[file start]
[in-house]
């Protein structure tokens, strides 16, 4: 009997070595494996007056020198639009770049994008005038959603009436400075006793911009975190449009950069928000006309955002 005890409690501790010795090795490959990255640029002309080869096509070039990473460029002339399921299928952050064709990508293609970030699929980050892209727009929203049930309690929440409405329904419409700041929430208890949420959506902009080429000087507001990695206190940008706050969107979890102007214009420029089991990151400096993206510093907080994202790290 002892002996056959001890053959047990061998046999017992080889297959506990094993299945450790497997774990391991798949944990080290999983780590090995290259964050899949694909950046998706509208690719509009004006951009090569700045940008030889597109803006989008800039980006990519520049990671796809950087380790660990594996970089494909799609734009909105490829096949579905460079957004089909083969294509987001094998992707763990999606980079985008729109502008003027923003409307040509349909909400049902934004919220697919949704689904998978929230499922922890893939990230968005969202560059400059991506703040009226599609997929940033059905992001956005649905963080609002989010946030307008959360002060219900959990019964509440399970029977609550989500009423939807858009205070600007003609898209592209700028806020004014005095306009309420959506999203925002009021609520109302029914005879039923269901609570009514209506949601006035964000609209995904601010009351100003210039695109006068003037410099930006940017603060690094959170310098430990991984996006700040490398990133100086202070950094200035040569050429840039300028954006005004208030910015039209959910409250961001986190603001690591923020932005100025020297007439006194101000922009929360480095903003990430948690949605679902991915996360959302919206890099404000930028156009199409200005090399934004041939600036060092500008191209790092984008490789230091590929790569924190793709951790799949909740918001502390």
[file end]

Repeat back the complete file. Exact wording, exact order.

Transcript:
[in-house]
């Protein structure tokens, strides 16, 4: 009997070595494996007056020198639009770049994008005038959603009436400075006793911009975190449009950069928000006309955002 005890409690501790010795090795490959990255640029002309080869096509070039990473460029002339399921299928952050064709990508293609970030699929980050892209727009929203049930309690929440409405329904419409700041929430208890949420959506902009080429000087507001990695206190940008706050969107979890102007214009420029089991990151400096993206510093907080994202790290 002892002996056959001890053959047990061998046999017992080889297959506990094993299945450790497997774990391991798949944990080290999983780590090995290259964050899949694909950046998706509208690719509009004006951009090569700045940008030889597109803006989008800039980006990519520049990671796809950087380790660990594996970089494909799609734009909105490829096949579905460079957004089909083969294509987001094998992707763990999606980079985008729109502008003027923003409307040509349909909400049902934004919220697919949704689904998978929230499922922890893939990230968005969202560059400059991506703040009226599609997929940033059905992001956005649905963080609002989010946030307008959360002060219900959990019964509440399970029977609550989500009423939807858009205070600007003609898209592209700028806020004014005095306009309420959506999203925002009021609520109302029914005879039923269901609570009514209506949601006035964000609209995904601010009351100003210039695109006068003037410099930006940017603060690094959170310098430990991984996006700040490398990133100086202070950094200035040569050429840039300028954006005004208030910015039209959910409250961001986190603001690591923020932005100025020297007439006194101000922009929360480095903003990430948690949605679902991915996360959302919206890099404000930028156009199409200005090399934004041939600036060092500008191209790092984008490789230091590929790569924190793709951790799949909740918001502390």